July 29


Failure is okay – just fail fast

Today is more hands on.  We had a few more case studies where they talked about how they did the trials.  I heard talks about trials to see if anemia and malaria effects education.  40 villages had educational training above what they normally receive, mosquito nets and prophylactic malaria treatment.  The other 40 villages received nothing new.  It was fascinating and they have the same issue that pharmaceutical firms with our clinical trials…confusing data, incomplete data and the killer – contamination.  The short of it – subjects came and went, the data was difficult to interpret and during the trial another branch of the government, for the best of intentions, gave the “control” arm treatment.  Well it happens.

The other thing I took out of this workshop was that what all these NGOs need (and are trying to get) is a “simple” test that can be used in every country regardless of the issues.  We heard a talk by some researchers from my alma mater that has developed such a test.  Very interesting and I look forward to it being tested in the developing world.  They have done a bit testing in South Africa with good results but it really needs to be done in more countries.  Save is interested in piloting in Malawi.

I had another moment at this conference…one of the speakers talked about failure.  He quoted a senior member of Google who said – “Failure is okay but fail fast.”  It really hit me what a profound but difficult statement that is.  It is okay to make mistakes but accept the mistake, learn from it but move on from it and don’t waste time trying to fix and fix and fix it.  This is where strong senior management comes into play.  Every one need to be supportive and accept that failure happens and as long as we didn’t do it on purpose, we learn from it, don’t make the same mistake again people won’t hold it over our heads.  I am not speaking of any specific situation it is just that we all have made mistakes and beat ourselves up about it and, at times, are scared of what is going to happen from this mistake.  This is both personally and professionally.  We know that Mistakes are part of the game but we all, at times, feel that these mistakes aren’t forgiven or forgotten.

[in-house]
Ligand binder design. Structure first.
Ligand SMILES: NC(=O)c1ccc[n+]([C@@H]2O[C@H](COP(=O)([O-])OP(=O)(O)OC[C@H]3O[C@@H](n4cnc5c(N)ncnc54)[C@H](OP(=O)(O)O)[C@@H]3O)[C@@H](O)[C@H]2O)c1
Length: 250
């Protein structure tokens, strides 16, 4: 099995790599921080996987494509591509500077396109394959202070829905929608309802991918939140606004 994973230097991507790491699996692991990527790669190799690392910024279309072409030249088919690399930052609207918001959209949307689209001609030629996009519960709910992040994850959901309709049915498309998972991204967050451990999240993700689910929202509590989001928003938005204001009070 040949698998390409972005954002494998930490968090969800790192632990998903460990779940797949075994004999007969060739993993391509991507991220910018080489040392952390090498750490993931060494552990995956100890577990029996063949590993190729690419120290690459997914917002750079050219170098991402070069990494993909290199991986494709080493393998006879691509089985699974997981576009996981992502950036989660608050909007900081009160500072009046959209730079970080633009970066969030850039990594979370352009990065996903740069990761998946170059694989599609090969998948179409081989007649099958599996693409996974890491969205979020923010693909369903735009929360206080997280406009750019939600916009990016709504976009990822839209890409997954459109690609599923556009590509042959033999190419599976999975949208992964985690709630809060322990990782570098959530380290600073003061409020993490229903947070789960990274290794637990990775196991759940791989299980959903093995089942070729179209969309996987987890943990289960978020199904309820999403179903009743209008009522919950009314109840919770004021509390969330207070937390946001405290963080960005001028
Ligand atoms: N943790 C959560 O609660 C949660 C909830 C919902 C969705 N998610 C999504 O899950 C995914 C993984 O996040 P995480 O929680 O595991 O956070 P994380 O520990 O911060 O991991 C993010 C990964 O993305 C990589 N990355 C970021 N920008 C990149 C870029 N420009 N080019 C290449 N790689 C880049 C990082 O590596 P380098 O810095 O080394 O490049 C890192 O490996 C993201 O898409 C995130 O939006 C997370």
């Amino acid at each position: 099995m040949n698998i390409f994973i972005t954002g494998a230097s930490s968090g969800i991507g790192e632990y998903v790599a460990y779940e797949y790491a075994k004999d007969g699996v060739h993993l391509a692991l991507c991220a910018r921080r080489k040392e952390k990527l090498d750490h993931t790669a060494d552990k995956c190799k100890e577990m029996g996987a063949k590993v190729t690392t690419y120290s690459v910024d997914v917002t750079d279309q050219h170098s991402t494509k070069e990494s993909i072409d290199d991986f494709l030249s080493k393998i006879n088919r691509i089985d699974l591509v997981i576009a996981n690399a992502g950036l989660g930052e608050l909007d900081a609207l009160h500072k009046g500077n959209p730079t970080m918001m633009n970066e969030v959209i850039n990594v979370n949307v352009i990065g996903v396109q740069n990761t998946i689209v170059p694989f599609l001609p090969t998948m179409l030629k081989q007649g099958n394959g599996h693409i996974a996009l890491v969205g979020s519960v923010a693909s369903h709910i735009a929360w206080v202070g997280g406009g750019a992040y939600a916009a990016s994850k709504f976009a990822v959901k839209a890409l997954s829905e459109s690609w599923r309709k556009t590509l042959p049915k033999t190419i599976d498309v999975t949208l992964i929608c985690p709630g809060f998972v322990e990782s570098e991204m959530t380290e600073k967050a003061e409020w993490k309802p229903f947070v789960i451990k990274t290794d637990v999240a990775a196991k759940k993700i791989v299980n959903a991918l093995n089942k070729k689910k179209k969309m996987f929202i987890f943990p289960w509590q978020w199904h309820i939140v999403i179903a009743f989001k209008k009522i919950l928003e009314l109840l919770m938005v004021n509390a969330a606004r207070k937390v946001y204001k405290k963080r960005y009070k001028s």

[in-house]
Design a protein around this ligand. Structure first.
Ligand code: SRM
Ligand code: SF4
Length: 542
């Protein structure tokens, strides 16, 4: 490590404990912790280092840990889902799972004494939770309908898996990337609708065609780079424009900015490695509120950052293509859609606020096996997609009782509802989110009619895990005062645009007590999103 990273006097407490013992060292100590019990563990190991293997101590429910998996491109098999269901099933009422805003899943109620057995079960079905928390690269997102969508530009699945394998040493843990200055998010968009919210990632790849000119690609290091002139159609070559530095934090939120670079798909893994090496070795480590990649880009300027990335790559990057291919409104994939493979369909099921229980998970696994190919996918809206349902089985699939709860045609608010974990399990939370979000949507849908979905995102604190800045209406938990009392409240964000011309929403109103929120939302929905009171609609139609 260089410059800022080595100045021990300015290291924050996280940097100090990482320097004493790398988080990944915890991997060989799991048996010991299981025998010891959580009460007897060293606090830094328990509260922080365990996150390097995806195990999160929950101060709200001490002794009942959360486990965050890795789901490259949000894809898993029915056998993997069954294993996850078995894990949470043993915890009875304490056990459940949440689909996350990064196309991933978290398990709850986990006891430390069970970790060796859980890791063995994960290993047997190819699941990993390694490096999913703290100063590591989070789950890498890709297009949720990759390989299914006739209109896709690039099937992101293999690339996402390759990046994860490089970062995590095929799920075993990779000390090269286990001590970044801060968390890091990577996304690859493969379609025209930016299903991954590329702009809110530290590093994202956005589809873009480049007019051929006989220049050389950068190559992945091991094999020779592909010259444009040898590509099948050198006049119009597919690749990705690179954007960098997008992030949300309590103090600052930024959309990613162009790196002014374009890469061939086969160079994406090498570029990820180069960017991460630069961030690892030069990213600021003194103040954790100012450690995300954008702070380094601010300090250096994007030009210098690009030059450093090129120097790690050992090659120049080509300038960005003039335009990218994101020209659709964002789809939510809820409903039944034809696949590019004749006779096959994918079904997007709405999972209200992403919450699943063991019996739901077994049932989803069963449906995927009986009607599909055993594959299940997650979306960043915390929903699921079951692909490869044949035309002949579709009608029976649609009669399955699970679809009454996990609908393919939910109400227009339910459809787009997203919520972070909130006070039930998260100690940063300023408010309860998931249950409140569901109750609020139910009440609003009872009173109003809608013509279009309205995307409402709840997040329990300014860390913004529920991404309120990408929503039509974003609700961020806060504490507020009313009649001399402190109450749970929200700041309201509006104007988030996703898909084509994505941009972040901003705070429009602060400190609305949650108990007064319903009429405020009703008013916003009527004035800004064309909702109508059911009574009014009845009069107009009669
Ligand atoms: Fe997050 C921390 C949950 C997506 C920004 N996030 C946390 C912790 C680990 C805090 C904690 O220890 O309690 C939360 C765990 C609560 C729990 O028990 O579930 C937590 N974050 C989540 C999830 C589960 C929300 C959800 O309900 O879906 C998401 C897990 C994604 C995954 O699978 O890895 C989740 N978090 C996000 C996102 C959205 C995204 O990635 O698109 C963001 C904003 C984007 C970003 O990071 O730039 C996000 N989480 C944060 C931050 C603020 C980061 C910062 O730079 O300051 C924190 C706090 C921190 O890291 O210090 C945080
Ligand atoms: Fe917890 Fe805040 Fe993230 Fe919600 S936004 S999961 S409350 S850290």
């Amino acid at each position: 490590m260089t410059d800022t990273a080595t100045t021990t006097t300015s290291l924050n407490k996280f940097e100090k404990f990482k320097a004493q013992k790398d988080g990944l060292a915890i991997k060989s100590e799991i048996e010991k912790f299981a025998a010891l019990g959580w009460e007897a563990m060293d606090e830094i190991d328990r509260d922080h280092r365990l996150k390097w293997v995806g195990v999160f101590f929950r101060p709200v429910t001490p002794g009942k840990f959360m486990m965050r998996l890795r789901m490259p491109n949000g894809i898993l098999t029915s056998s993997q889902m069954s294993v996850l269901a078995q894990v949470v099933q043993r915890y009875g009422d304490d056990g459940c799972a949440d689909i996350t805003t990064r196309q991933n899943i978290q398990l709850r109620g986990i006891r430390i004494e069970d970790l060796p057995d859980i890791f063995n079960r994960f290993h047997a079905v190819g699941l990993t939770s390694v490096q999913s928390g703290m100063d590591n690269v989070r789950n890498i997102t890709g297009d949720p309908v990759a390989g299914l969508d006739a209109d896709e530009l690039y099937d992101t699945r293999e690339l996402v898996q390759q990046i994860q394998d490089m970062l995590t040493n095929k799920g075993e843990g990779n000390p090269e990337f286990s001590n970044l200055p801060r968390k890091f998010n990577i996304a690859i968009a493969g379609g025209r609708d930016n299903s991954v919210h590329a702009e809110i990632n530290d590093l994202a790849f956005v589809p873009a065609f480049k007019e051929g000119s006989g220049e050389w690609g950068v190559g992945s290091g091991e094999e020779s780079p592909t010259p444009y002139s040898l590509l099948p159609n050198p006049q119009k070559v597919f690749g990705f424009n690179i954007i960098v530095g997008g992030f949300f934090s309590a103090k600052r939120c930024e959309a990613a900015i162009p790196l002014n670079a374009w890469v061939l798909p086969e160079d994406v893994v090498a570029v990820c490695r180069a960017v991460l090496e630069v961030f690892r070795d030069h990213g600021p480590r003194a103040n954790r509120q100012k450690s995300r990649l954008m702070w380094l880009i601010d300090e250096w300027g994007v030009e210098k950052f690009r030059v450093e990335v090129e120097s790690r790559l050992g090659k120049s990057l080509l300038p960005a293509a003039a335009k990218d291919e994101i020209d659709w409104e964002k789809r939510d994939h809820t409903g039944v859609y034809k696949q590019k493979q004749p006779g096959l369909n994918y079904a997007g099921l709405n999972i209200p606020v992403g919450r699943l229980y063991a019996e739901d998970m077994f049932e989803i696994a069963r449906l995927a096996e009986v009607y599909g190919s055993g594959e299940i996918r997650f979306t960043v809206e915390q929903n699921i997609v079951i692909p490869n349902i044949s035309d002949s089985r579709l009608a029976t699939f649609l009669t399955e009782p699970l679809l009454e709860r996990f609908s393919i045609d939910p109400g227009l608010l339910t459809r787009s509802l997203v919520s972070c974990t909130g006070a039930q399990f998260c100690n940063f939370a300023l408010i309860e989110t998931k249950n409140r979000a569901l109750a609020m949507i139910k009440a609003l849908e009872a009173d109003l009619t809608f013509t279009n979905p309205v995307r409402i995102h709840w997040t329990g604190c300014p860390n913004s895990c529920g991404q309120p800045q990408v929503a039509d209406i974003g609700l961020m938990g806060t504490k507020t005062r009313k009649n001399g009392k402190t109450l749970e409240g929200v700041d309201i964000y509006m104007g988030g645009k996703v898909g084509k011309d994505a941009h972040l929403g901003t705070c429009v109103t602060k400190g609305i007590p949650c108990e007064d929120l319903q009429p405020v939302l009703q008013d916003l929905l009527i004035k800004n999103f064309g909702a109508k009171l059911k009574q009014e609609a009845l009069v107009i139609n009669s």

Finally the last two days were meetings again at the Save the Children International offices.  We talked about strategy, short, medium and long.  Very interesting time.  We talked a lot about being agents of change – something that GSK pushes and is easy to say but hard to do.  I will talk about that more in upcoming posts.  We also talked about creating partnerships.  This hit a cord with me and something I hope to bring back to GSK with a strong an powerful voice.  What the Save people were talking about is the silo nature of development work.  Save as a global NGO is good about managing their people and projects.  The issue is that Save, in general, doesn’t know what other NGOs are doing.  I brought this back home by GSK and clinical trial management.  At times each group, central, data, safety, US study management, US field trial management are doing things a bit out of synch and everyone thinks their job is the most important one as opposed to seeing each job as equally important and with proper harmonization we can work so much better together and more efficient and then we become more effective and productive.  I am going to be that person when I get back to not get so parochial about my job and group and try as hard as I can to have a global vision.  I challenge my co workers to do the same.